Let me set the scene: I have three children, and they have lots of doting aunts and uncles, not to mention three grandparents, who are all most generous at Christmas and happily buy them beautiful presents
for which my lot are very grateful.
But increasingly a new system appears to be emerging and it's slowly driving me to distraction.
"Could you just pick up something for the children," said my mum some years ago. "I'll put the money in your account but I don't know what they like these days and you do."
Fair enough Mum, I thought to myself, and very soon I found myself wrapping these presents too, and just giving her the tags to write. "I hope someone looks after me when I'm a little old lady like you," I joked, and she smiled and reminded me that when I'd had six children (like her) and I'm in my eighties (like her), I too will have earned such perks of the job.
But increasingly my sisters have started doing the same. "I'm snowed under at work and I just don't see myself getting much time for Christmas shopping this year," trilled my sister Maggie another Christmas. "If you could just buy something for your three, I'll put the money in your account of course, but you know what they like."
Remind me, where had I heard this before?
Then last Christmas I finally ended up buying my Mum's presents for my children, plus presents from my five sisters. The maths isn't that hard – three children multiplied by six relatives – that's a staggering, not to mention obscene, 18 presents.
Luckily, in bemoaning my fate in the playground this morning my friend Jinny told me to stop whinging and instead gave me some great advice. Reader, in true Parentdish fashion, and with huge thanks to Jinny, I list her suggestions below – they may just help you from pulling your hair out too.
1. Prepare, prepare, prepare.
Sit down and work out how much, on average, you will have to spend on your children. If six relatives give £10 per child, tell your children they have a £60 budget from their family and ask them for their ideas. The suggestion that they save some, have some spent for them, and even make a donation to charity, will go down well, or like a lead balloon.
Over a family meal bring the conversation around to the topic of Christmas presents – is there something your child would really love, or an event they are desperate to attend? Sometimes it's far better to enjoy one fabulous trip
, such as to a show with a pizza to follow, then to have six smaller presents which they can't find by February.
In the past we have designed whizzy little certificates on the computer, announcing they are off to see a show in between Christmas and New Year, or even later in the new year. It gives them something to look forward to and avoids a mound of unwanted presents.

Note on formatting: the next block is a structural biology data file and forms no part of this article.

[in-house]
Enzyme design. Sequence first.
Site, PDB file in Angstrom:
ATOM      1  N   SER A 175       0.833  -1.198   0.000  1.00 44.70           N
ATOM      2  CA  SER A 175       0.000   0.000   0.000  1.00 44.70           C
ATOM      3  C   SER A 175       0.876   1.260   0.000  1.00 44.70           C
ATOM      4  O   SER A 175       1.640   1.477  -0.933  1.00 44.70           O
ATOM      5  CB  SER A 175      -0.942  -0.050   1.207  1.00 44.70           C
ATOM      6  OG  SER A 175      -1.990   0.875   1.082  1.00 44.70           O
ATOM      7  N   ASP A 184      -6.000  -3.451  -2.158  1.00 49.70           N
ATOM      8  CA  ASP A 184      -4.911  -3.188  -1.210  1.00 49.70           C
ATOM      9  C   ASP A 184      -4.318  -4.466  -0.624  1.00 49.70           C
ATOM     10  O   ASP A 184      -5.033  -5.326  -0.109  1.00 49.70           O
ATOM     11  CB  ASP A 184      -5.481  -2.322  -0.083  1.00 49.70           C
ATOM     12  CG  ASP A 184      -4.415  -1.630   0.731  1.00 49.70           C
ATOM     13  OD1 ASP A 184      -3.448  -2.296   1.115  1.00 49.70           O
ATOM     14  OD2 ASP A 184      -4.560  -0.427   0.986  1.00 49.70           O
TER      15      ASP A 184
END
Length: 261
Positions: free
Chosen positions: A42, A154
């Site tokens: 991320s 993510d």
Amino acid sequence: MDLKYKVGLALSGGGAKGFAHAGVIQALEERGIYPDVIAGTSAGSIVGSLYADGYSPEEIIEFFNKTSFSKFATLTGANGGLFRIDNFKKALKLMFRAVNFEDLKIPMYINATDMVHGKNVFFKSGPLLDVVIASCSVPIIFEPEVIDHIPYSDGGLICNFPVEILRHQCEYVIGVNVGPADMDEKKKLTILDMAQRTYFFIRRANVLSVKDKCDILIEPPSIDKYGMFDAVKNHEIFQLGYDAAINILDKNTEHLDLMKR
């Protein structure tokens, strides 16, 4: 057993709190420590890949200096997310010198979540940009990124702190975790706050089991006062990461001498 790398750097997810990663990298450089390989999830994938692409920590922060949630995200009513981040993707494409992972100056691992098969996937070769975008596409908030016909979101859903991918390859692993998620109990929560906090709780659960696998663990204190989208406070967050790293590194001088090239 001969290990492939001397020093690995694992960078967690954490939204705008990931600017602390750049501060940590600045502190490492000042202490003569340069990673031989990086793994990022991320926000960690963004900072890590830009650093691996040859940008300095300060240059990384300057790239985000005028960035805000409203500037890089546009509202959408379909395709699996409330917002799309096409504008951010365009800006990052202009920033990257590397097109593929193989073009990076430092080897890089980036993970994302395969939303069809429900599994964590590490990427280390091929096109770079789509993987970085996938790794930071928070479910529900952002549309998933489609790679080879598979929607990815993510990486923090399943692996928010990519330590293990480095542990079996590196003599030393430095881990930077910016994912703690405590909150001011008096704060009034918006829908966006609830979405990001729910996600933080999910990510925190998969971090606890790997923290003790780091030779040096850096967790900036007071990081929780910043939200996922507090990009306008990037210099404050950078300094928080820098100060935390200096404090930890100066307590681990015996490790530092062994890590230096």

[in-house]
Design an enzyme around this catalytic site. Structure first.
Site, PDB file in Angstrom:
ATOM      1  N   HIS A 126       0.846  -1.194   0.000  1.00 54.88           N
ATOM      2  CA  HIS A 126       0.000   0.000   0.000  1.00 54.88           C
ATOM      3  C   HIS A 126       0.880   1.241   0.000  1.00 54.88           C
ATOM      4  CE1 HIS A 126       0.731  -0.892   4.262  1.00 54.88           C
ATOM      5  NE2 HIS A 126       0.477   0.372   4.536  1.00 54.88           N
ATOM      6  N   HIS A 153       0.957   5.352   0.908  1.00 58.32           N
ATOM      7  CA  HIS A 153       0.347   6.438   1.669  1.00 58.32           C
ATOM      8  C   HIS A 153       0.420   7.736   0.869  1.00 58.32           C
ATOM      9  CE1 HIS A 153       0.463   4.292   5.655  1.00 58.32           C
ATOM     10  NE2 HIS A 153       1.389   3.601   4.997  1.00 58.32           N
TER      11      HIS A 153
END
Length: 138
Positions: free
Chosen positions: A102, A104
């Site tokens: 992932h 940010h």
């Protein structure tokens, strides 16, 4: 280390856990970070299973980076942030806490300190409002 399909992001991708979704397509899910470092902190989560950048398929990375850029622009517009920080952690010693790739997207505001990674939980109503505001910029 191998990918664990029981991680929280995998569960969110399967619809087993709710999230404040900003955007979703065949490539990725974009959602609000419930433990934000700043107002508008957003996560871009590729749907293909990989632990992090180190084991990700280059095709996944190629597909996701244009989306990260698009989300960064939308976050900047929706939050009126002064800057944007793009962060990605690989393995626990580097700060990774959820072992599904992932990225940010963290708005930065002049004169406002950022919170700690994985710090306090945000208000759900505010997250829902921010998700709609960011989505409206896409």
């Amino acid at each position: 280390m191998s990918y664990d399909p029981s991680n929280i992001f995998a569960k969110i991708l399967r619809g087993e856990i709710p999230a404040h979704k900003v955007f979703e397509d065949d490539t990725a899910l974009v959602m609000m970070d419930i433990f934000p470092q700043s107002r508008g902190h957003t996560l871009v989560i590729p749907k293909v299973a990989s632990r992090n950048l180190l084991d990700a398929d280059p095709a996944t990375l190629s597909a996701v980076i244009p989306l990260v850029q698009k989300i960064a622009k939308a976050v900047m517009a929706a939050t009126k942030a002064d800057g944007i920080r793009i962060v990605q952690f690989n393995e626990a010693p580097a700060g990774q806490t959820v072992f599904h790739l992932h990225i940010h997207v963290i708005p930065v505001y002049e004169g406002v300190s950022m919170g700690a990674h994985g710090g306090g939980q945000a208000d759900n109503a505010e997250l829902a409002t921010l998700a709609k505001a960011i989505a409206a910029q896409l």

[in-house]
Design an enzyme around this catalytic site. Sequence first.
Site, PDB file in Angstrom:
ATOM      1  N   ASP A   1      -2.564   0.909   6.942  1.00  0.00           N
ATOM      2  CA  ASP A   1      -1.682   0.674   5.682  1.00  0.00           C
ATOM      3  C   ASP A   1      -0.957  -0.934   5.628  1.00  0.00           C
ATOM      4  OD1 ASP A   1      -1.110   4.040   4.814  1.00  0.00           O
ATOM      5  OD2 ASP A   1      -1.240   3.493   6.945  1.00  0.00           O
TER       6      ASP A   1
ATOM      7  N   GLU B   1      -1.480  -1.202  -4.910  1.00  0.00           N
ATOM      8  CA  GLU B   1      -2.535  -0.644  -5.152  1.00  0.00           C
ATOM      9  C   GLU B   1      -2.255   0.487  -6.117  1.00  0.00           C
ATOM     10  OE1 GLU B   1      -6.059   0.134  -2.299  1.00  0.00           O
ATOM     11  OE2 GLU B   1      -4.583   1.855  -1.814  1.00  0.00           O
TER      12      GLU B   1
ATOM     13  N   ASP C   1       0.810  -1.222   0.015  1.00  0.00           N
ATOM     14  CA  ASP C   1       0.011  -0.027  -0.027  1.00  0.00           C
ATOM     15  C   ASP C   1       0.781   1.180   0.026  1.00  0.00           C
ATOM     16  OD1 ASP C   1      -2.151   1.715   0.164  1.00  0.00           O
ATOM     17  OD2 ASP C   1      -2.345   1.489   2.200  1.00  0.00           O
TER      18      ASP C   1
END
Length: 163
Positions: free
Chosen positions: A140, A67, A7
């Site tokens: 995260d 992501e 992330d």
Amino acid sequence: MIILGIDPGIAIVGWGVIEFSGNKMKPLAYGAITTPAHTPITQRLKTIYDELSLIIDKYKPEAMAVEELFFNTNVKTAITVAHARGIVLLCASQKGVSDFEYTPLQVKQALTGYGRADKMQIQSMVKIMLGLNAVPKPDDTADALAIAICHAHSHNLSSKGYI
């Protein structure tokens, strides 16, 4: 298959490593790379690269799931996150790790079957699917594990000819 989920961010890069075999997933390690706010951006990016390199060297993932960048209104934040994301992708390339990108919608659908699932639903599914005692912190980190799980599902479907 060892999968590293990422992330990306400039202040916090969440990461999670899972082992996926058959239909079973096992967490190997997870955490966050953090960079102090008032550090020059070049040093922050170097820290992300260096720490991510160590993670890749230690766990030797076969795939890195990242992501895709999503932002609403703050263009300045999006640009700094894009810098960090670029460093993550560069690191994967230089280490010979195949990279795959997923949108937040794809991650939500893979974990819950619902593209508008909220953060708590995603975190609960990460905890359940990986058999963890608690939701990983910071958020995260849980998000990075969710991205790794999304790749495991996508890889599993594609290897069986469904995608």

Ask them to start writing their wish list
to Father Christmas early. Tell them they can put a certain number down, but tell them you don't think they should post it for a month. This will give them time to think, keep them busy, and, when you have a sneaky look, will give you a heads-up on what they are really hoping for.
If there seems no way around buying lots of presents, start shopping now
. It's far better to buy two or three presents a week, in a calm and unhurried fashion, in the run up to Christmas, rather than running out like a lunatic two weeks before 25 December and going into melt-down when you realise Argos is out of everything you had planned on purchasing.
And for a really radical approach – discuss with family members the idea of everyone having one decent present in a Secret Santa deal
, and every family also making a donation to charity – preferably one which has a personal meaning for your family. Like we say, radical, but surely a good idea?
Do you end up buying your children's presents from relatives?
Or do you have x times the dreaded book voucher?
Subbuteo The Game, £39.95 (but currently £29.99), from <a href="http://www.amazon.co.uk/Paul-Lamond-3005-Subbuteo-Game/dp/B006ZX71M6&tag=aolpdishedit-21 " target="_blank">Amazon.co.uk</a>. </p>
<span lang="EN-GB">The faces of dads across the land are sure to light up on Christmas morning as they’re reunited with this classic football favourite…oh and the kids might like it too! Recently relaunched after 15 years on the toy equivalent of the subs bench, this core set allows them to stage their own matches with an improved pitch and two teams of sturdier than the originals players. Add their favourite Premiership, Scottish Premier League or national team for £8.99. </span></p>
Kindle Fire, £139, from <a href="http://www.amazon.co.uk/" target="_blank">Amazon.co.uk.</a></p>
<span lang="EN-GB">Sick of the kids stealing your tablet? Time to get them their own! Where once older primary school children hankered after an iPod Touch, tablets are now relatively affordable and offer stacks of functionality - music player, e-book reader, watching films, gaming and internet surfing (it’s easy to add parental controls). </span></p>